H.R. 3973, offered by Representative Don Young (R-AK), contains many provisions meant to reduce federal regulations of energy production on Indian lands. It would amend the National Environmental Policy Act of 1969 (P.L. 91-190) to only allow the affected Indian tribe to comment on the environmental impact statements of federal actions on Indian lands and would eliminate any fees for oil and gas inspection activities and leasing for non-producing acreage on Indian land. The bill would create five Indian Energy Development Offices within the Bureau of Indian Affairs to carry out Indian energy resource development programs. An amendment to exempt Indian lands from any hydraulic fracturing rules developed by the Department of the Interior (DOI) was agreed to.
H.R. 4381, introduced by Representative Scott Tipton (R-CO), would require DOI to complete a Strategic Federal Onshore Energy Production Strategy every four years for an “all of the above” energy production plan on lands held by the Bureau of Land Management (BLM) and the Forest Service. The bill was agreed to by a roll call vote.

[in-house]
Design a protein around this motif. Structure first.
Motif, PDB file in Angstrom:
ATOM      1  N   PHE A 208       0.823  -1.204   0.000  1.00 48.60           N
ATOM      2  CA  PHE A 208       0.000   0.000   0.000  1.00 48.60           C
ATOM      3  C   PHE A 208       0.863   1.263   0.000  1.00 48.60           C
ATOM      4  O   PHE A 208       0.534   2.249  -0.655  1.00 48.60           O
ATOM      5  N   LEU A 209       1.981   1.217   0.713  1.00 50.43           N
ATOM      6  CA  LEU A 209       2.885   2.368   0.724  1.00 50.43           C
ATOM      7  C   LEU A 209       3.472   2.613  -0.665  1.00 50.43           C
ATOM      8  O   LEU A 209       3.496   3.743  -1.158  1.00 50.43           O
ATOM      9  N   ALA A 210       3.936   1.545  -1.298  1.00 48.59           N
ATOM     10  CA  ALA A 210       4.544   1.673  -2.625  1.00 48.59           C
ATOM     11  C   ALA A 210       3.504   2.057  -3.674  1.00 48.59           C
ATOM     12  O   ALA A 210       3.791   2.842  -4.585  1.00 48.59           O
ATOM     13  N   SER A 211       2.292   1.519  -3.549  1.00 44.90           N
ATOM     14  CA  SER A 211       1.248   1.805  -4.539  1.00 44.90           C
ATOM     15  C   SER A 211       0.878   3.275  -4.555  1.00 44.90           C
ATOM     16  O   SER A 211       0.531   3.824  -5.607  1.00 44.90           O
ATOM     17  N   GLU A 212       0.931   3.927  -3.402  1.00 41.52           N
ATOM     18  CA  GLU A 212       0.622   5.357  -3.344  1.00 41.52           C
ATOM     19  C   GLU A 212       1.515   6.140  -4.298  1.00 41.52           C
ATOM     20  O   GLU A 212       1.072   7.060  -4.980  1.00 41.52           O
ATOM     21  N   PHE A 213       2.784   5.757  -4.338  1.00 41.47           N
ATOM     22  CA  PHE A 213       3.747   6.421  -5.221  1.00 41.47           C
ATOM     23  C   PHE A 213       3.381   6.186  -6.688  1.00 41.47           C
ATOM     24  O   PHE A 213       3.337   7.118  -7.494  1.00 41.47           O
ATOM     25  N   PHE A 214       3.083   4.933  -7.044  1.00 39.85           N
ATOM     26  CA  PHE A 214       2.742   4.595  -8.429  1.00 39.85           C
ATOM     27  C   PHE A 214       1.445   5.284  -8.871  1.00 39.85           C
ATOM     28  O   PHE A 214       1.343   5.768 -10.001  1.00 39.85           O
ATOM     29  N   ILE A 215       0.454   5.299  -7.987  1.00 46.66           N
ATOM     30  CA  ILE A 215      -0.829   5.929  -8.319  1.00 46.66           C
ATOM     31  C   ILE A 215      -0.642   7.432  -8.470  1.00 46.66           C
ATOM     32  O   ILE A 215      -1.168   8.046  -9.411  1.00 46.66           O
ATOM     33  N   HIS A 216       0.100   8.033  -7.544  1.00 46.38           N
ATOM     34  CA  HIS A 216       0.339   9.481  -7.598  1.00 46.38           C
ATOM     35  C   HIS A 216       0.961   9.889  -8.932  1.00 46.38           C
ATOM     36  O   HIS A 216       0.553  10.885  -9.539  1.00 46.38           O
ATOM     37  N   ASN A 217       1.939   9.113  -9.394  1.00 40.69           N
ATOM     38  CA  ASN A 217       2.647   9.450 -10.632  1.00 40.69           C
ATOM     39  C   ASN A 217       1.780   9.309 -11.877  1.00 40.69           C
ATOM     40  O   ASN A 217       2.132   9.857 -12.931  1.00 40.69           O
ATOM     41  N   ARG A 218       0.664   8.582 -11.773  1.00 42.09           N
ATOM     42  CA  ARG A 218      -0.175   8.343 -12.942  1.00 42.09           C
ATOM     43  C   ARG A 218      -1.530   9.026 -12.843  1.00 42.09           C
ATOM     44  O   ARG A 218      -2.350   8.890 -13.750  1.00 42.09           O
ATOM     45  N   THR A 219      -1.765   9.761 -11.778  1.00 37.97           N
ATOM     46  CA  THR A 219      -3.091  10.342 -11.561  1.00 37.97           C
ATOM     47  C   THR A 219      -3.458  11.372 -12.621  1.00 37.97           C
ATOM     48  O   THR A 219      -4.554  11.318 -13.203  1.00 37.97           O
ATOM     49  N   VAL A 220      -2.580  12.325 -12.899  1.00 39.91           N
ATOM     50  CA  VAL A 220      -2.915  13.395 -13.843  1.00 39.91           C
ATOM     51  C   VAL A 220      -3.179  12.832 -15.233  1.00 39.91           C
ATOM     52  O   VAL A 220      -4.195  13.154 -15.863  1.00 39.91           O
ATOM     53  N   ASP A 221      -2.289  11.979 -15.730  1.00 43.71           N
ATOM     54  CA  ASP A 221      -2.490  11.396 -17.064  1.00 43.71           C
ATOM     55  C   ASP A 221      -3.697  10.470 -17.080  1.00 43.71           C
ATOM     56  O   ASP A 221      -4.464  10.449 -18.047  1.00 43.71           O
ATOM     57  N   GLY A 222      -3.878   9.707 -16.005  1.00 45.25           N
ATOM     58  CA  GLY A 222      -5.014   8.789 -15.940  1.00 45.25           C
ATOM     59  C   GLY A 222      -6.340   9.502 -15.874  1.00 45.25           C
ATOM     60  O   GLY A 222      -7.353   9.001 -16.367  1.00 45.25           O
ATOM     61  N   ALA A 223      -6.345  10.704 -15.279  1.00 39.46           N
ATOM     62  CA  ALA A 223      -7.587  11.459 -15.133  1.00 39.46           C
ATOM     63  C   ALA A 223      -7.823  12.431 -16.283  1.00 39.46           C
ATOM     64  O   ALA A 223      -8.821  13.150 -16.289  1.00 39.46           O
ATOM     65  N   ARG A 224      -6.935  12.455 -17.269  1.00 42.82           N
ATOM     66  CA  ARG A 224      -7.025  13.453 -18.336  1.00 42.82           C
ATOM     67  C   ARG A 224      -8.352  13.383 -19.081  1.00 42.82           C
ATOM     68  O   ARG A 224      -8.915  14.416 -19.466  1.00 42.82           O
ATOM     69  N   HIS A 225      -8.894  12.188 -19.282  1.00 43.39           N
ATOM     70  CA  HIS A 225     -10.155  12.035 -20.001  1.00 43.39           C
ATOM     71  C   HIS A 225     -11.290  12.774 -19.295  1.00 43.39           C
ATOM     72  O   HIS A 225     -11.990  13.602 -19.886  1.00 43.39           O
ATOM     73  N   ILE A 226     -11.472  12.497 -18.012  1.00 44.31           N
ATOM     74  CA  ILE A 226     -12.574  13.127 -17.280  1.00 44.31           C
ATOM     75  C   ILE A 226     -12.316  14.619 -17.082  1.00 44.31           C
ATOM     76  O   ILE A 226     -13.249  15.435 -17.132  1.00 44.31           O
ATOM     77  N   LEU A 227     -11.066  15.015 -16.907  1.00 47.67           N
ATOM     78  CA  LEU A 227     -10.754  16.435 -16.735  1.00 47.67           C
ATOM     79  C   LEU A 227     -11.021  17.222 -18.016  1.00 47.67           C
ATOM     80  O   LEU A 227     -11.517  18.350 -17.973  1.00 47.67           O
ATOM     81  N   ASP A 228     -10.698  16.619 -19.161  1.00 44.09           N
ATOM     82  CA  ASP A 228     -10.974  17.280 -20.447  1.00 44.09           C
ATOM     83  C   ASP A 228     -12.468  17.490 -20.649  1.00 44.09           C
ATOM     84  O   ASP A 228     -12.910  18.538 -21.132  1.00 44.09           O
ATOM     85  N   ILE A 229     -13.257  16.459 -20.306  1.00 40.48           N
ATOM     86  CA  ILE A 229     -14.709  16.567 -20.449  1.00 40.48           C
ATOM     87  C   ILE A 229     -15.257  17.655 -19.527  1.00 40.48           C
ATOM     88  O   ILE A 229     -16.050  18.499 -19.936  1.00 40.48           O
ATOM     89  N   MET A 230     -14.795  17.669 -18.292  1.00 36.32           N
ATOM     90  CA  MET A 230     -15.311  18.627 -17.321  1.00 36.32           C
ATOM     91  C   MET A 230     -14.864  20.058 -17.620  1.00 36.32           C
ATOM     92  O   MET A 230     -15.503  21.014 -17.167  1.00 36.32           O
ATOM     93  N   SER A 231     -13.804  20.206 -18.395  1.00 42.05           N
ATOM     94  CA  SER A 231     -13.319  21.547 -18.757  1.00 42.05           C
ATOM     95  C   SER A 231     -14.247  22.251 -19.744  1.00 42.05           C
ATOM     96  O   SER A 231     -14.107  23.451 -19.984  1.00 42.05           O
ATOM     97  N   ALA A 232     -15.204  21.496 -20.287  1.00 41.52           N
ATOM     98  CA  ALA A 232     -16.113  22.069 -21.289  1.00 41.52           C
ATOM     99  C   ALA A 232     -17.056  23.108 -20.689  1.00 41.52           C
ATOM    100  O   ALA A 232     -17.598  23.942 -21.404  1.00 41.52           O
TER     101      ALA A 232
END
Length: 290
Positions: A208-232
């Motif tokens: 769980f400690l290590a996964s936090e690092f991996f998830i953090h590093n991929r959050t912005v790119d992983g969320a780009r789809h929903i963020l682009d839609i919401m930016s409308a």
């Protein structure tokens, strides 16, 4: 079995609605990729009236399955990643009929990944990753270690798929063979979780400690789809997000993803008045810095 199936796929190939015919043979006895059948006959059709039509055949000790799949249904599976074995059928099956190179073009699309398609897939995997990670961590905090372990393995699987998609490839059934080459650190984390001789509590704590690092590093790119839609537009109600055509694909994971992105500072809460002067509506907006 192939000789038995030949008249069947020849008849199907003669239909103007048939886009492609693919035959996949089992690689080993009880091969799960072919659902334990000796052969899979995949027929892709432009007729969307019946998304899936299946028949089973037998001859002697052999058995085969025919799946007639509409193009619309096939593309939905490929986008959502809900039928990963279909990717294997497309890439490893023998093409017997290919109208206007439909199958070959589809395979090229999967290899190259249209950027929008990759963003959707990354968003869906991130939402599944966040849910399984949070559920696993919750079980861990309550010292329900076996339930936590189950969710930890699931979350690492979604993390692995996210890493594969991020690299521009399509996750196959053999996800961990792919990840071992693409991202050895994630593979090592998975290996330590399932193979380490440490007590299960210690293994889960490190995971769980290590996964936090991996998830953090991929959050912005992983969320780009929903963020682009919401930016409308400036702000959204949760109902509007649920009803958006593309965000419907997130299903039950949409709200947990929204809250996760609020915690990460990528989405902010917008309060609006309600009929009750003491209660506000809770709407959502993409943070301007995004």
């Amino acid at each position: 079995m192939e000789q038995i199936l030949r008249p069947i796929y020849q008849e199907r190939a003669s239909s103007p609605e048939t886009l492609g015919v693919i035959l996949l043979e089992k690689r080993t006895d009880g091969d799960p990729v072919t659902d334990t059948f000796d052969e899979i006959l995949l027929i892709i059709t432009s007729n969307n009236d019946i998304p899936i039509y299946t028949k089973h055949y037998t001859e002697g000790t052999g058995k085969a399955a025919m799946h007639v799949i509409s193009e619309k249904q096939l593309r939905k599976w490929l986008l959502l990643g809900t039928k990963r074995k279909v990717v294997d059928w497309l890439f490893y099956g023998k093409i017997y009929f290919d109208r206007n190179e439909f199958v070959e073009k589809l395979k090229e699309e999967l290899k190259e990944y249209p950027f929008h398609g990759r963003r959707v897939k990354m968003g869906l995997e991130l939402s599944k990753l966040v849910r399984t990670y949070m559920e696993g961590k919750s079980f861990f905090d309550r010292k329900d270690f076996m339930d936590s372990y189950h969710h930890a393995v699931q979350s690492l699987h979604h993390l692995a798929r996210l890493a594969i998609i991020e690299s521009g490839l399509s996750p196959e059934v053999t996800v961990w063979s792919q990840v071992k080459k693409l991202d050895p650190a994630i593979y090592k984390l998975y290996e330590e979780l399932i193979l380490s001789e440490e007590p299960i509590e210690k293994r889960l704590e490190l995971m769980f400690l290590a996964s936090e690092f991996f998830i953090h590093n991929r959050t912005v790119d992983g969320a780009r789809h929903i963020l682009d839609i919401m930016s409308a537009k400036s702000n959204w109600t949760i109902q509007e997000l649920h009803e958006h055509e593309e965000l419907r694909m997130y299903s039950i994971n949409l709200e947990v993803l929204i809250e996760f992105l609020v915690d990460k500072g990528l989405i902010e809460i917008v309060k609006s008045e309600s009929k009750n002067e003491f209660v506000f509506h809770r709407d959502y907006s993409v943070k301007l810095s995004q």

Introduced by Representative Mike Coffman (R-CO), H.R. 4382 would require the Secretary of the Interior to offer as part of a lease sale “no less than 25 percent of the annual nominated acreage not previously made available for lease.” H.R. 4383, introduced by Representative Doug Lamborn (R-CO), would require DOI to permit or deny an application for drilling within 30 days of submission and would establish Federal Permit Streamlining Projects in every Bureau of Land Management (BLM) field office. Both bills were passed by the committee by a roll call vote.